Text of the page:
Sheffield University Library Collection

Ref: MS 214

Sheffield University Library Collection

Scope: A collection of photographs, documents and artefacts illustrating notable persons, events and buildings in the history of Sheffield University Library

Dates: 1905-
Level: Fonds
Extent: 14 boxes
Name of creator: University of Sheffield Library. Department of Special Collections

Administrative / biographical history:

The story of the development of the Library from its unsatisfactory origins in Firth College (1879-1896) and University College (1897-1904) is told in Arthur W. Chapman's The story of a modern university (University of Sheffield and Oxford University Press, 1955): "Of all the developments in the years before the first world war first place must be given to that of the Library. We have already seen how unsatisfactory was almost everything connected with the Library in University College; how meagre the collection of books (about 10,000 volumes in 1905), and how badly they were housed."

As the fledgling University moved to its new location in Western Bank in 1905 the Library was housed in the General Lecture Room, there not being enough money available to provide a purpose-built Library. The inauguration of the new era was made possible by the generous offer by William Edgar Allen (a member of the University Council from 1905 to 1915) to provide £10,000 to establish a purpose-built Library, and this momentous news was proclaimed on the opening day of the new University. E.M. Gibbs, the University Architect, designed the distinctive octagonal shape of the new building, in the attractive neo-gothic style of the other structures in the Western Bank complex, constructed of mellow red-brick and sandstone. The new Library was located beside, and indeed impinged in a small way upon, the public Weston Park, a trespass which aroused opposition in some quarters of the City (though the University gave an equivalent amount of land to the Park in compensation).

On 26th April 1909 the new building was honoured by the visit of the Prince of Wales (later H.M. King George V) who, with the Princess, performed the opening ceremony. At the Degree Congregation in Firth Hall which took place as part of the celebrations Edgar Allen was awarded the honorary degree of Doctor of Letters. The new Library was one of the earliest specially designed university libraries in the country, having seats for 100 readers and shelving for 20,000 books, and with potential stack space for 60,000 further volumes. Inevitably, as time went on, this apparently generous storage space would be filled.

Sir Charles Harding Firth, the first Lecturer in Modern History in the old Firth College before he became Regius Professor of Modern History at Oxford, was a most generous donor of books from his large personal collection to the new Library, but towards the end of the 1920s it became known that he intended to donate many more volumes from his collection. A grant from the Town Trustees enabled the University to convert the large General Lecture Theatre into a Reading Room with capacity for a further 20,000 volumes specifically to house the Firth Collection (which today contributes a major part of the Rare Book Collection) and other historical works. This extension was completed in 1931.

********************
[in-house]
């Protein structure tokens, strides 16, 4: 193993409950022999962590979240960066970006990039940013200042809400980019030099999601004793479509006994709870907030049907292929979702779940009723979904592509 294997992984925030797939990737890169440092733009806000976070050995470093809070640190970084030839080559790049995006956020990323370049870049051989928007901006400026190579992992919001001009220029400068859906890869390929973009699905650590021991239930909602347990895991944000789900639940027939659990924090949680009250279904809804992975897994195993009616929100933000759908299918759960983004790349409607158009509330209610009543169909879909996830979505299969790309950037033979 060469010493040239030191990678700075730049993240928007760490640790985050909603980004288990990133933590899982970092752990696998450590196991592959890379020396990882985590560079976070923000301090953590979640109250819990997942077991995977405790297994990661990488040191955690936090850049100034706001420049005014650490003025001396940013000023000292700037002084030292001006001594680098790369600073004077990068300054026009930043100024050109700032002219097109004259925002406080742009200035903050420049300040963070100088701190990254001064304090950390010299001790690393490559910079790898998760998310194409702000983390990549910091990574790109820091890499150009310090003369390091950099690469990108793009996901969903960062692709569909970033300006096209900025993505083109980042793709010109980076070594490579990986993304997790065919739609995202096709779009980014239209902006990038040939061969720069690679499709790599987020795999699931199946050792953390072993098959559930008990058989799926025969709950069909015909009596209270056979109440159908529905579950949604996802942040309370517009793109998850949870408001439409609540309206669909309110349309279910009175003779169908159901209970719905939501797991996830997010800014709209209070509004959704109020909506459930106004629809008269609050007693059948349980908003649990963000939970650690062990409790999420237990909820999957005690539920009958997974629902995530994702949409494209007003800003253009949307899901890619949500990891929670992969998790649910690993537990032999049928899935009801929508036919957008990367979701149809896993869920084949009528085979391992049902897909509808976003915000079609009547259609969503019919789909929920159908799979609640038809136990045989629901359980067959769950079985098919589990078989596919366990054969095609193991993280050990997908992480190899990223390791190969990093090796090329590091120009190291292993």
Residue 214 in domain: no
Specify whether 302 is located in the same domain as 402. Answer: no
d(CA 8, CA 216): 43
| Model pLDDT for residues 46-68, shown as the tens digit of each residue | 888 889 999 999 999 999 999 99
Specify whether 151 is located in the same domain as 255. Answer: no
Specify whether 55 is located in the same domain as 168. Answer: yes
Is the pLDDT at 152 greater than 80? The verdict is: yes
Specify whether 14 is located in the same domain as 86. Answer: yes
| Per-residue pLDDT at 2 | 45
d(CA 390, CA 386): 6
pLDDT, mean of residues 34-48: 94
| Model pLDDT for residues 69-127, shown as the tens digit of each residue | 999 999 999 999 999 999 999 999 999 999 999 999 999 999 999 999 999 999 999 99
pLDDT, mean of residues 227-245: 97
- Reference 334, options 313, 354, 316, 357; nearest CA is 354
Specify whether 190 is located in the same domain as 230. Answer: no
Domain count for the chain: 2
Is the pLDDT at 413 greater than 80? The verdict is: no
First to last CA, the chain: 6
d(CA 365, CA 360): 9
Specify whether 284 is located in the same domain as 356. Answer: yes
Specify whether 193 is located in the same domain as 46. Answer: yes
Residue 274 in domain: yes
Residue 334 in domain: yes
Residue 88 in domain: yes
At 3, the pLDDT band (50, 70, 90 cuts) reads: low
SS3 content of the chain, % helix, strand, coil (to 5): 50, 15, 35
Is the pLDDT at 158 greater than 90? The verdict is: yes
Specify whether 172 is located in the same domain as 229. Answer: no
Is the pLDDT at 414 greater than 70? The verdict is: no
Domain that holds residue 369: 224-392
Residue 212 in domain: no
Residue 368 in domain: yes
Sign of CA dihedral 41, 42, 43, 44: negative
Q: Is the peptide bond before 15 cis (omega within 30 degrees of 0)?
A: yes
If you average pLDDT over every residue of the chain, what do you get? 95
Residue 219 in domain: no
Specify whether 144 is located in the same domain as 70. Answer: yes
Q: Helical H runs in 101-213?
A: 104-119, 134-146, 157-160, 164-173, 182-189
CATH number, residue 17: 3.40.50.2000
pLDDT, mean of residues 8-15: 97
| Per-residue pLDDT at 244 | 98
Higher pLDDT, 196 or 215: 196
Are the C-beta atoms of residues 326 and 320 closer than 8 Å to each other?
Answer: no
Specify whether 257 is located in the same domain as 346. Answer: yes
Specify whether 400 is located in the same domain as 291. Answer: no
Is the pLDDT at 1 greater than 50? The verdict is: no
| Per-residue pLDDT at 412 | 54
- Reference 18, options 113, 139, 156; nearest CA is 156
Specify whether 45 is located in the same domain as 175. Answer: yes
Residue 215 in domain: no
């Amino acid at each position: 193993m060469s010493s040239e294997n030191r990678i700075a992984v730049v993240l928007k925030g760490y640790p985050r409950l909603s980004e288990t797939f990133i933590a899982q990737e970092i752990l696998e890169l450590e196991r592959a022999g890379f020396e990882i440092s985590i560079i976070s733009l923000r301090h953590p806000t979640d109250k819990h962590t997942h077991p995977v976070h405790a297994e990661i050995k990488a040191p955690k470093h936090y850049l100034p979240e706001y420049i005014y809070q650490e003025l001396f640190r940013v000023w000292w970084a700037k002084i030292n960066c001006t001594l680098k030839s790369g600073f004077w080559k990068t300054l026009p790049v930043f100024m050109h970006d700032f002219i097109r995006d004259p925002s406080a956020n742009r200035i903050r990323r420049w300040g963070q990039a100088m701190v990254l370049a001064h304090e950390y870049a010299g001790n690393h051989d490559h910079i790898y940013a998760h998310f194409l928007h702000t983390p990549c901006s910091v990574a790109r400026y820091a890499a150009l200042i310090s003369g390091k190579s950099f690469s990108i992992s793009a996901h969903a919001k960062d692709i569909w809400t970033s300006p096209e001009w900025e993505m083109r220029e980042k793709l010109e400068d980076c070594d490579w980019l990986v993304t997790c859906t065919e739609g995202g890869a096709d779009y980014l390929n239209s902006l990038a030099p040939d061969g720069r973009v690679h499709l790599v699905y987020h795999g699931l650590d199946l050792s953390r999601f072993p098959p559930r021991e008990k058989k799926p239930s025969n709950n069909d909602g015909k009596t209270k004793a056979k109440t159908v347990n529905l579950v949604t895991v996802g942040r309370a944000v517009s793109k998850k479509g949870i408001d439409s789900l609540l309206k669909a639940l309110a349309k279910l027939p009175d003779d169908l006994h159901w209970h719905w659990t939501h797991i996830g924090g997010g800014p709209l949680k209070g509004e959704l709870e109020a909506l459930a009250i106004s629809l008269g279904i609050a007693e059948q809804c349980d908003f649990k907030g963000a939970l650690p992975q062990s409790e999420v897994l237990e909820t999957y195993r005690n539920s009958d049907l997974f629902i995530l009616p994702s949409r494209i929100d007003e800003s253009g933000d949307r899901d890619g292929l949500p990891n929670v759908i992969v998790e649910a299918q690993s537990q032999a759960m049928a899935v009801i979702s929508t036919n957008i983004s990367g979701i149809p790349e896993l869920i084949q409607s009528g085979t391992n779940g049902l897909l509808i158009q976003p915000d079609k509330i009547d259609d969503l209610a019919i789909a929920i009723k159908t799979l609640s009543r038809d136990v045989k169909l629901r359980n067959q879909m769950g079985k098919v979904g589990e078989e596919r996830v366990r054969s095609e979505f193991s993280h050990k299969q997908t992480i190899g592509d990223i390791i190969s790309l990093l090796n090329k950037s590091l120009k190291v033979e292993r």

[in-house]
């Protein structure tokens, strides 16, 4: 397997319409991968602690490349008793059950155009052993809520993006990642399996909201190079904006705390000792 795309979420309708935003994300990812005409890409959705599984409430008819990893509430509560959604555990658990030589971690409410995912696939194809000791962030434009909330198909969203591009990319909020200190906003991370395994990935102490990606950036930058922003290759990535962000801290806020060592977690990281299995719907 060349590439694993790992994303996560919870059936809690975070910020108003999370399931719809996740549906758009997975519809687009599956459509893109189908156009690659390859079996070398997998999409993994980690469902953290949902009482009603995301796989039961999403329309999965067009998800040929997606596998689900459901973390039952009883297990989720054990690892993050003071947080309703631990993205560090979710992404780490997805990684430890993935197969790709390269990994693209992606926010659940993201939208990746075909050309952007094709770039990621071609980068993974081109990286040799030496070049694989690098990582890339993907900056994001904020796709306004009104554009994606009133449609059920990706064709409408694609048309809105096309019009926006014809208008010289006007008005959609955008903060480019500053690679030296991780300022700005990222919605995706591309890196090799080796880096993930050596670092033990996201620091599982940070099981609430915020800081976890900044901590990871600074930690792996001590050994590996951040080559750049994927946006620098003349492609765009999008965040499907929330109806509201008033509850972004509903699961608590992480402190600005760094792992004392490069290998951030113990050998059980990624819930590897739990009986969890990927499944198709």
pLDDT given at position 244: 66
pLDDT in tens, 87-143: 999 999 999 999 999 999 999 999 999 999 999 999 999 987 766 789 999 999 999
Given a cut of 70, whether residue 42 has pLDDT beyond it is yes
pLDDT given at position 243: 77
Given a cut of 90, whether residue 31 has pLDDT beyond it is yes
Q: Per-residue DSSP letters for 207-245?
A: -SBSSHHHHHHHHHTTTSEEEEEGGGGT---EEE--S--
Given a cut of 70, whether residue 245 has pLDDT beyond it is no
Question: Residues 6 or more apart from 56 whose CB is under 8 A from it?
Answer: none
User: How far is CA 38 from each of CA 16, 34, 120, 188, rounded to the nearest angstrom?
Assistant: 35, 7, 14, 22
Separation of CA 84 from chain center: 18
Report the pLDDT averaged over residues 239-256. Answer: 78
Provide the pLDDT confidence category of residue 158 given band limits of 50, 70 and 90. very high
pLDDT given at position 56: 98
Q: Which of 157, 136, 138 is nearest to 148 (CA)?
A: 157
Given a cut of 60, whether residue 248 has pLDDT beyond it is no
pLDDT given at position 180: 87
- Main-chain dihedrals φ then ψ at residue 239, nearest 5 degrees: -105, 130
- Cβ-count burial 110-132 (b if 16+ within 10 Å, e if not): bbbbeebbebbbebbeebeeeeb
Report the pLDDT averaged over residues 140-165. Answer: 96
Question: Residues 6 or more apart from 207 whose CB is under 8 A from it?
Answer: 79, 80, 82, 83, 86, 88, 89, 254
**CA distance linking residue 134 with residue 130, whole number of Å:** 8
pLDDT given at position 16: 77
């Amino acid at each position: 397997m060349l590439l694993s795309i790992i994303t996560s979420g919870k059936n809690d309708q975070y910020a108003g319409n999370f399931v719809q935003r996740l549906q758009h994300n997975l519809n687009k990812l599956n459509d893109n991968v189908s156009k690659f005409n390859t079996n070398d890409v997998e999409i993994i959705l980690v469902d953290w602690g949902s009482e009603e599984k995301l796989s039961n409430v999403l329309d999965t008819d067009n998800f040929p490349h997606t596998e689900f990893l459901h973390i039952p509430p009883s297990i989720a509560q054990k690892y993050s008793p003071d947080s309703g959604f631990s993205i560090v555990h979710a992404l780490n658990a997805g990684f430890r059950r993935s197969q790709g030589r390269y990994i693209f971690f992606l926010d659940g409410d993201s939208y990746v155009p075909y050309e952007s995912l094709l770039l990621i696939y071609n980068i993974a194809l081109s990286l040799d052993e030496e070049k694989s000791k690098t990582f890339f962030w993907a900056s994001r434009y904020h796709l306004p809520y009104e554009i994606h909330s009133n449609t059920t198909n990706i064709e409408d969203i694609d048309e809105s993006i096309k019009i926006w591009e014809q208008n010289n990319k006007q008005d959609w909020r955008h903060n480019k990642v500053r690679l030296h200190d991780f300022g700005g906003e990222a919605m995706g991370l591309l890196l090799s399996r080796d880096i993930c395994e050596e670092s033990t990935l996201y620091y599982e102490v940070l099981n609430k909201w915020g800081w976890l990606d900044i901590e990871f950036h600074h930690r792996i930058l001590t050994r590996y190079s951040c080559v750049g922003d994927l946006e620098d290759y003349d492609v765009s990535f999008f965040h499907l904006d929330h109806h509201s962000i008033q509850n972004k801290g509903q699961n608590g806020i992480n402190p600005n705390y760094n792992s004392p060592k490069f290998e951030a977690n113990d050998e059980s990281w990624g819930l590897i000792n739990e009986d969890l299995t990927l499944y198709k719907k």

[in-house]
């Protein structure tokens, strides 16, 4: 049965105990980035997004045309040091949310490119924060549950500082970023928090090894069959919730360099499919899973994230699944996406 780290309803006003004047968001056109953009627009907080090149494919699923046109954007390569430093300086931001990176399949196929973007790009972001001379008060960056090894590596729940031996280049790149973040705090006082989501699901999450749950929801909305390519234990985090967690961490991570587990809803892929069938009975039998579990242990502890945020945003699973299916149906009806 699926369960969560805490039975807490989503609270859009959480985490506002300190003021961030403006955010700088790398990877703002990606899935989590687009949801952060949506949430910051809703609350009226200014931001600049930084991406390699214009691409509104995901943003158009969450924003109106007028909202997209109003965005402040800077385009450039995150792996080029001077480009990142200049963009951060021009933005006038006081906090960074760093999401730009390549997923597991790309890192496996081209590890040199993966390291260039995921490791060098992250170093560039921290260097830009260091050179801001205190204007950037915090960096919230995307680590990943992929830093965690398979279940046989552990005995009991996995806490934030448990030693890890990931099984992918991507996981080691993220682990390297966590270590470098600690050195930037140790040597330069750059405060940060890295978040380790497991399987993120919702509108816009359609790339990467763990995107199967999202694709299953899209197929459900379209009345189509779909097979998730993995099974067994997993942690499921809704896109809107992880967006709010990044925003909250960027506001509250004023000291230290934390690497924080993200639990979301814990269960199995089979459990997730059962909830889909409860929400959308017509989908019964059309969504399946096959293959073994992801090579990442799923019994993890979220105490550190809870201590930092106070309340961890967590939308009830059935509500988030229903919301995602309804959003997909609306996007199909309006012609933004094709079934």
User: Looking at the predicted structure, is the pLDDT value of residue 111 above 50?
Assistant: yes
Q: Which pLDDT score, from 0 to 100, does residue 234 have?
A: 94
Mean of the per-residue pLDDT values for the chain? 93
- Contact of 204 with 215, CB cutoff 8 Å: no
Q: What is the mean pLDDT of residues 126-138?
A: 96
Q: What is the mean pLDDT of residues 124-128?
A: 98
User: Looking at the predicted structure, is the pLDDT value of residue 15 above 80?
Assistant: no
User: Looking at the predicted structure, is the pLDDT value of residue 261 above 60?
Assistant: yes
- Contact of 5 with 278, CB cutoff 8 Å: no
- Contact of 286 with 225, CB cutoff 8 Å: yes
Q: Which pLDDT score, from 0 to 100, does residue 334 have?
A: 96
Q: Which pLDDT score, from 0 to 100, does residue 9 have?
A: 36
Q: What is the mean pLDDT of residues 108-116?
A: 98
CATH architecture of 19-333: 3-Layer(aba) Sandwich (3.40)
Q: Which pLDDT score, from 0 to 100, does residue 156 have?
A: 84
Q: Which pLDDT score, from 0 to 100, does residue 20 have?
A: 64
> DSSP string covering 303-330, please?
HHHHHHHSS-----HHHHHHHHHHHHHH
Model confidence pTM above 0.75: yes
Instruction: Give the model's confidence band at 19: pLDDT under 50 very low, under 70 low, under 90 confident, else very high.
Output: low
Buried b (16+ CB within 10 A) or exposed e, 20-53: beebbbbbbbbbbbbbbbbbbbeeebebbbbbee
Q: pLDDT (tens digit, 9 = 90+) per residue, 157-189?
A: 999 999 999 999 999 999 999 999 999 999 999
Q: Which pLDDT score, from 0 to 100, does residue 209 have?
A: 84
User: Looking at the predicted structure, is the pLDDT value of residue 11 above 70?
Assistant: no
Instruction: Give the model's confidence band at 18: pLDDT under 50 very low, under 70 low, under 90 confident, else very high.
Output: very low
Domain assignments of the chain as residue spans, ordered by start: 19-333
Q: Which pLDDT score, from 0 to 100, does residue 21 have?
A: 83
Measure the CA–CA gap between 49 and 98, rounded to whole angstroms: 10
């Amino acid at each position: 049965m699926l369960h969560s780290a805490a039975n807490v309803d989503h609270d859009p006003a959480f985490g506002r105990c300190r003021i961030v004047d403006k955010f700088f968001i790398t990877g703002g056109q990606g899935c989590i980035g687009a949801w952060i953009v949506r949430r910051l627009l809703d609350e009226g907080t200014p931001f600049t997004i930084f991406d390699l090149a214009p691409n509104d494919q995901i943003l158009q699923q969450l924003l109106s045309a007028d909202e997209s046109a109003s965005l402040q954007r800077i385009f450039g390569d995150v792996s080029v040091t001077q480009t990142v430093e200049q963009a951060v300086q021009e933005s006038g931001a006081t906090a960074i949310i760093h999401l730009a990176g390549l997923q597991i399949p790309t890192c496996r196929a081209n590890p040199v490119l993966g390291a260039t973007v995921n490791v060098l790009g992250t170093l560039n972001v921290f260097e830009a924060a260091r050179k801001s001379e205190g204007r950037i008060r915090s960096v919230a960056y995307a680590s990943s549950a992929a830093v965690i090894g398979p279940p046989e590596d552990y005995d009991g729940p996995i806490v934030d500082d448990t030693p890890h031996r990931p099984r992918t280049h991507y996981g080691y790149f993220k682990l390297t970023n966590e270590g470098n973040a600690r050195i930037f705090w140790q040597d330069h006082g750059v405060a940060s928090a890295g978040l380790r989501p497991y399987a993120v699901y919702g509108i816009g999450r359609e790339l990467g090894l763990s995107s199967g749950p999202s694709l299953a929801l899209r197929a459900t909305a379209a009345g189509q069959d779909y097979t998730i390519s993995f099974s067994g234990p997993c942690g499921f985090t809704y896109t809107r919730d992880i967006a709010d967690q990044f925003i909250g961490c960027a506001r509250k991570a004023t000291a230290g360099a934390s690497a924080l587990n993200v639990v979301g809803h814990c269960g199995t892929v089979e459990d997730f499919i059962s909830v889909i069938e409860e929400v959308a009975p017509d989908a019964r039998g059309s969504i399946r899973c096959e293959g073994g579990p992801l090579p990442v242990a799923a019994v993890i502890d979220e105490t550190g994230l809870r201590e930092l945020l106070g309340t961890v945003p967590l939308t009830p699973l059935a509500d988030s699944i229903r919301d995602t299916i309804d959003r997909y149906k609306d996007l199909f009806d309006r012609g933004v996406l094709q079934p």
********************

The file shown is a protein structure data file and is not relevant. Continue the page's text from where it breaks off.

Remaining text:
With the growth of student numbers over the following decades, and especially following the Second World War, it eventually became necessary to replace the old Edgar Allen Library, and in the late 1950s a new purpose-built structure was planned and built beside what was, up to that point, a public thoroughfare. As befitted the modern post-war era the new Library, as well as having greatly enhanced capacity, was radically different in design from its predecessor, being resolutely rectangular, the exterior of plate glass with stone facings and the interior strongly constructed of reinforced concrete and steel, with marble stairways and features. The University and Library were honoured once more, this time by having an "eminent man of letters", T.S. Eliot, to perform the opening ceremony on 12th May 1959. A higher degree ceremony conducted within the main Reading room of the new building saw the award of honorary degrees to both T.S. Eliot and to Dr. Stanley Peyton, the Librarian, among other notables. This distinctive new structure has since been given the accolade of Grade 2 listed building status. However, it has to be recognised that, designed for an age before the Robbins Report, which ushered in an unprecedented expansion epitomised by the new universities of the 1960s, it in turn experienced problems in coping with the many changing demands placed upon it. The development of branch libraries and in particular of the Information Commons, opened in 2007, has helped to relieve some of the pressure on the Western Bank Library.

List of Librarians:

  • 1893-1897 Professor Alfred Denny (Honorary)
  • 1897-1907 Professor George Charles Moore Smith (Honorary)
  • 1907-1911 Thomas Loveday
  • 1911-1940 Arthur Percy Hunt
  • 1941-1956 Sidney Augustus Peyton
  • 1956-1974 James Eric Tolson
  • 1974-1985 Colin Kershaw Balmforth
  • 1985-2002 Michael Stewart-Moore Hannon
  • 2003-2015 Martin John Lewis
  • 2015- Anne Horn

Related collections: Sheffield University Collection
Source: From Library holdings and by donation
System of arrangement: By category
Subjects: Academic Libraries--Great Britain
Names: University of Sheffield--Library; William Edgar Allen (1837-1915), Sir Charles Harding Firth (1857-1936)

Conditions of access: Available to all researchers, by appointment
Restrictions: None
Copyright: Variously according to document
Finding aids: Listed